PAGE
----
Some white men who lived in Rosewood helped black people escape from the mob. Railroad conductors smuggled people out of town on the rail cars that ran nearby. In the movie, Voigt as Wright asks the train conductors to pick up the women and children. Other blacks took refuge in white people’s homes, including Wright's. Racism was shown by the mob's avoiding Wright's house but burning down those of blacks. They did not bother with known white houses. Although it was dangerous for them to do, some white men like Wright protected blacks from death.

In the movie, the mob believed James Carrier held information about the escaped convict Jesse Hunter. Wright let the Sheriff take Carrier, because the officer said he only wanted to question him. When Carrier said he didn't have any information, he was shot immediately by one of the mob. Wright gets upset and the mob accuses him of being soft on blacks. The scene shows that most of the white men didn't agree with what was going on, but were too afraid to face the mob.

The movie portrayed towns near Sumner trying to prevent the violence from spreading. At one point the men of Sumner were following the trail of some men. But when they get to the border of Alachua County, heading toward Gainesville, a group of armed white men stopped them. They protected their black citizens, saying they are law abiding and peaceful, and Singleton demonstrated that not everyone agreed with the riot.

As word spread to the federal government and national newspapers, the media splintered in its portrayal of events. Some portrayed the murder at Sylvester Carrier's as appropriate to stop the black men from arming. They relied on rumors and fear. Southern white newspapers explained mob's actions as the way to avenge the rape of Fanny and keep blacks in their place. The Afro-American newspapers encouraged blacks and praised them for staying behind to defend their homes and property. Officially the death toll was eight people total, two whites and six blacks. Other accounts by survivors and the Afro-American newspapers were of a higher toll. The movie portrayed the newspapers as contributing to the riot; men came from neighboring towns and even states to put down the riot.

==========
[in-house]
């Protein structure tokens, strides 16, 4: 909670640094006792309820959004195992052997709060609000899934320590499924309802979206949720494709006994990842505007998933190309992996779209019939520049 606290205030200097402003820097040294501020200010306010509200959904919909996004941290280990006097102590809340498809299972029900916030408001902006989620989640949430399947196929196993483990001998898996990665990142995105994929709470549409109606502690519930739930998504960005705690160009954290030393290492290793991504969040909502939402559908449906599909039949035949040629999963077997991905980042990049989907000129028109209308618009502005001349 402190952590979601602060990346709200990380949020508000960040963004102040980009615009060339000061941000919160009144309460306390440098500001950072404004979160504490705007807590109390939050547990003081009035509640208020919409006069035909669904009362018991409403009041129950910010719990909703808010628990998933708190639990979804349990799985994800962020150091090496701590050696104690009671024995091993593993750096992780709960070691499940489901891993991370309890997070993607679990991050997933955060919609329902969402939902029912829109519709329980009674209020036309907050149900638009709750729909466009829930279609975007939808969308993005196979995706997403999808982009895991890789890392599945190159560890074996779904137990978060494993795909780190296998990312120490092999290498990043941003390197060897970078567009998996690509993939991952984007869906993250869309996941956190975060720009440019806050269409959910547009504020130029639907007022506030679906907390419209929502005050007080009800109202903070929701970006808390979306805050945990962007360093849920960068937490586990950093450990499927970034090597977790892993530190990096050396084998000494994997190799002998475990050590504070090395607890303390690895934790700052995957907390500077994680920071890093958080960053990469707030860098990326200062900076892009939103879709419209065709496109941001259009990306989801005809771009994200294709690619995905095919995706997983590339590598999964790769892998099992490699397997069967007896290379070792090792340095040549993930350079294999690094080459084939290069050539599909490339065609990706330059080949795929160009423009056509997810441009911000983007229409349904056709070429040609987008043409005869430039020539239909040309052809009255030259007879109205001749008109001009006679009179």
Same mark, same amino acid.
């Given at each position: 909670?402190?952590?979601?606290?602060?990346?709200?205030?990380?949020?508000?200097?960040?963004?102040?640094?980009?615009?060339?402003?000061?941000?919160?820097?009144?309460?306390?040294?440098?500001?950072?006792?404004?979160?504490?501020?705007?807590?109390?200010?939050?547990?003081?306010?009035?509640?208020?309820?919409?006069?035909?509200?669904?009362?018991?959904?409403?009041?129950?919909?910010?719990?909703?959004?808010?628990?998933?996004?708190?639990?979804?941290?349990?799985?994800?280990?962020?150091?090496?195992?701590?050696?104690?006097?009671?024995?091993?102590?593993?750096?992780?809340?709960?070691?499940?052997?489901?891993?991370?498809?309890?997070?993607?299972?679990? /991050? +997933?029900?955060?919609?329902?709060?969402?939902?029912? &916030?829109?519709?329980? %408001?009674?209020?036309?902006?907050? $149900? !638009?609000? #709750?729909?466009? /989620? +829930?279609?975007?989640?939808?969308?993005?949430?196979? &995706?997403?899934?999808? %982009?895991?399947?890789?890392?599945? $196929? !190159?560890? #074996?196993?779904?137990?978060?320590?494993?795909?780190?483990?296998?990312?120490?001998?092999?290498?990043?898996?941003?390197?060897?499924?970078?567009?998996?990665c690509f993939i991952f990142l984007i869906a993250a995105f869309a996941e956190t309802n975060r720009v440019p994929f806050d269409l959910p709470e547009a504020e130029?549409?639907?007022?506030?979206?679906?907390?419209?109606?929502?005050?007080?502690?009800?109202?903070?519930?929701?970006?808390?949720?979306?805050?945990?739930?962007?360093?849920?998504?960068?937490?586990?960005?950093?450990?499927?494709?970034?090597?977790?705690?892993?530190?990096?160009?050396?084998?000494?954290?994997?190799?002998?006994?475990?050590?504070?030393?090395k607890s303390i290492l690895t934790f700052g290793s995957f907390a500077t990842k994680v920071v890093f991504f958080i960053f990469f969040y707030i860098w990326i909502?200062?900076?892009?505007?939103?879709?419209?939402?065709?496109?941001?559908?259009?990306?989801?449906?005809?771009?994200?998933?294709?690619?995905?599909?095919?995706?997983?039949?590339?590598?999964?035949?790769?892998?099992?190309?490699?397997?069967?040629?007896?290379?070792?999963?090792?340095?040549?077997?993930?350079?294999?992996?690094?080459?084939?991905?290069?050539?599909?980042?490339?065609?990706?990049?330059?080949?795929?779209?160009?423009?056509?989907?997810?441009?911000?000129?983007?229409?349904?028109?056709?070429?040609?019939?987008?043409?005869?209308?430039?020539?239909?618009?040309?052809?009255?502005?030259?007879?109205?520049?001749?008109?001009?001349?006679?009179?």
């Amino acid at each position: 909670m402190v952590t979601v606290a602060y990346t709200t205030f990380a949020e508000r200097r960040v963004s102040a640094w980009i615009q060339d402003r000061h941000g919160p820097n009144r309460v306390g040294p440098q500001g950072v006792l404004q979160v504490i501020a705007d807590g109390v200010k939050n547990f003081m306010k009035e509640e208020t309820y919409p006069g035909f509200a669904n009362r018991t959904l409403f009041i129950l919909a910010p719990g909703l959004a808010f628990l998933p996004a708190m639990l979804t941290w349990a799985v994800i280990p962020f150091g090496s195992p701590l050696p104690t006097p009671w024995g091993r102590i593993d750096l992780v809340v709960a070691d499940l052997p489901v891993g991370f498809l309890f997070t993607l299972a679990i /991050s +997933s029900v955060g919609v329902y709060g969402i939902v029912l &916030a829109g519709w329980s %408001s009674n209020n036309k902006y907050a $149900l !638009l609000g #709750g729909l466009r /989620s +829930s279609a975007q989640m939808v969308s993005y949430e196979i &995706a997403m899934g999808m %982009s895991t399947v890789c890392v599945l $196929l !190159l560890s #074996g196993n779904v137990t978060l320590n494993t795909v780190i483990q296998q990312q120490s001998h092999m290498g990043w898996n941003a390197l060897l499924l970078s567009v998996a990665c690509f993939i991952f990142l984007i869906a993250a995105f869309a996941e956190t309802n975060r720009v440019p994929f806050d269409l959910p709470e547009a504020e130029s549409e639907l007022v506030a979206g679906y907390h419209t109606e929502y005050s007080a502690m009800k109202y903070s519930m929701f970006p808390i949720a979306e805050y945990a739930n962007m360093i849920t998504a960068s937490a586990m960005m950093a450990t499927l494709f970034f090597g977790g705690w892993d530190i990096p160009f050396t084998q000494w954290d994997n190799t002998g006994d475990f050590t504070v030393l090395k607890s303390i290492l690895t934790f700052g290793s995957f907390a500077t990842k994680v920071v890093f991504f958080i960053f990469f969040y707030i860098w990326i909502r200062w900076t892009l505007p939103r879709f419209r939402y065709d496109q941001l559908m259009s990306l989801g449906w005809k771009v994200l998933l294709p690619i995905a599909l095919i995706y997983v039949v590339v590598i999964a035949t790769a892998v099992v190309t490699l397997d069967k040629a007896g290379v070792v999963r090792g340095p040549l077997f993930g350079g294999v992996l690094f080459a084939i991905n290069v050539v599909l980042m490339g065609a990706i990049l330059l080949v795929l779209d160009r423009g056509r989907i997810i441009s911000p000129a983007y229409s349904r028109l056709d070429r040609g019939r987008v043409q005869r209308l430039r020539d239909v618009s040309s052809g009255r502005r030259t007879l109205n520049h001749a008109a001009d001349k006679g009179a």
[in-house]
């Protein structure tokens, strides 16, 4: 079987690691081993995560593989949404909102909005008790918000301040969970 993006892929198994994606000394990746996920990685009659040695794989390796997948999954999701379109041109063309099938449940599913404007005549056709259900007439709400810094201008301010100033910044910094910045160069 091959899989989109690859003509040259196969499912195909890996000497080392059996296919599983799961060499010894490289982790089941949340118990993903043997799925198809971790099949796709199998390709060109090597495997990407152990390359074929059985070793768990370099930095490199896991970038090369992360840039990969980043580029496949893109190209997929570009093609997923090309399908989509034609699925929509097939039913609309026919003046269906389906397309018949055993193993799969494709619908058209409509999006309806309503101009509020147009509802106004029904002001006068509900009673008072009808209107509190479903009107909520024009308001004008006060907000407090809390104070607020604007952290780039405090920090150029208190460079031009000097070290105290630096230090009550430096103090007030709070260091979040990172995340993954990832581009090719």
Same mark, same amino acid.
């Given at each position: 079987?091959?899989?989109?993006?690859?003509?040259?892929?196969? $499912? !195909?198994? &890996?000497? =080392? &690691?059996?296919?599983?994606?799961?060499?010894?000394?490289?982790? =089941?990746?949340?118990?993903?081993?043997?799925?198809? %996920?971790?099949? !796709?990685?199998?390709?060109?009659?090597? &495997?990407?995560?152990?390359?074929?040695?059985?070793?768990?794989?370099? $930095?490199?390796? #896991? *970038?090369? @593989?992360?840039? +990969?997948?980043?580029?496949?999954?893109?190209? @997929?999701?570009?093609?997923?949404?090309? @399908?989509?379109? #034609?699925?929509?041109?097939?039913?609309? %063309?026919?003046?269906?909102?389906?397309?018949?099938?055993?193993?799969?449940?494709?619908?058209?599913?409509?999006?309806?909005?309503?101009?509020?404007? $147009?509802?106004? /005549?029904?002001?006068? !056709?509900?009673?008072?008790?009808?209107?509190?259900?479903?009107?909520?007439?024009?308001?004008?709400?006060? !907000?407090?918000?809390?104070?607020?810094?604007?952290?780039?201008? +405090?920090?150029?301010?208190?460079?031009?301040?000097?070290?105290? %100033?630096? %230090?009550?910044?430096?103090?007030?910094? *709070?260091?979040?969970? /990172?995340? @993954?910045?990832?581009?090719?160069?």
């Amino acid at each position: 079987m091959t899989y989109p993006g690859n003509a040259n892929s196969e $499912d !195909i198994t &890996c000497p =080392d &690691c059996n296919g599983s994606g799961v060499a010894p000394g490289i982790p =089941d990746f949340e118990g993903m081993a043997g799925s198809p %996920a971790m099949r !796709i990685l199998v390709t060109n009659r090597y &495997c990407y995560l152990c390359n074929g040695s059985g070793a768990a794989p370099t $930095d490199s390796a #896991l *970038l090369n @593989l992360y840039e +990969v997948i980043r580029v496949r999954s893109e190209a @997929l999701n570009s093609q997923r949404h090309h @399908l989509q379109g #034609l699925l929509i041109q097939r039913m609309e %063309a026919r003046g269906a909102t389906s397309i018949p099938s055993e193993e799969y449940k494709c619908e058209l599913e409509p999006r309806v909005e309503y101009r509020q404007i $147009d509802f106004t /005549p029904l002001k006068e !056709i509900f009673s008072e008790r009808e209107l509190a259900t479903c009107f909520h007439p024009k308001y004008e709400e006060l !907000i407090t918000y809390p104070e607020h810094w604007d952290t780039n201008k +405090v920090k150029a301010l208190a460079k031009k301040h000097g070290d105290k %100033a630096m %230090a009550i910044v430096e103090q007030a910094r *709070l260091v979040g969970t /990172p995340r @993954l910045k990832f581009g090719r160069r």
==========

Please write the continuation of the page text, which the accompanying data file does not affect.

At the end of the movie, a narrative states that some blacks and one white testified as witnesses in court in a 1990s suit of survivors against the state for its failure to protect the people of Rosewood. (In the 1980s, newspaper reporters investigated and publicized the long-secret story.) This was followed by a state investigation and report. Florida was the first state to pay reparations to survivors and their descendants for a racial riot.



Critical response[edit]

Rosewood was well received by the majority of critics and currently holds an 85% "Fresh" rating on Rotten Tomatoes.[3]

See also[edit]


  • D'Orso, Michael. Like Judgement Day: The Ruin and Redemption of a Town Called Rosewood. [S.l.]: Boulevard, 1996.
  • Loewen, James W. (2005). Sundown Towns: A Hidden Dimension of American Racism. New York: New Press. Retrieved August 5, 2013. 
  • Henry, Charles P. (2007). Long Overdue: the Politics of Racial Reparations. New York University Press. 
  • Rosewood. Dir. John Singleton. Perf. Ving Rhames and Jon Voight. Warner Bros., 1997. DVD.


  1. ^ John Singleton films at Rotten Tomatoes
  2. ^ "Berlinale: 1997 Programme". Retrieved 2012-01-12. 
  3. ^ "Rosewood". Rotten Tomatoes. Retrieved 19 June 2012.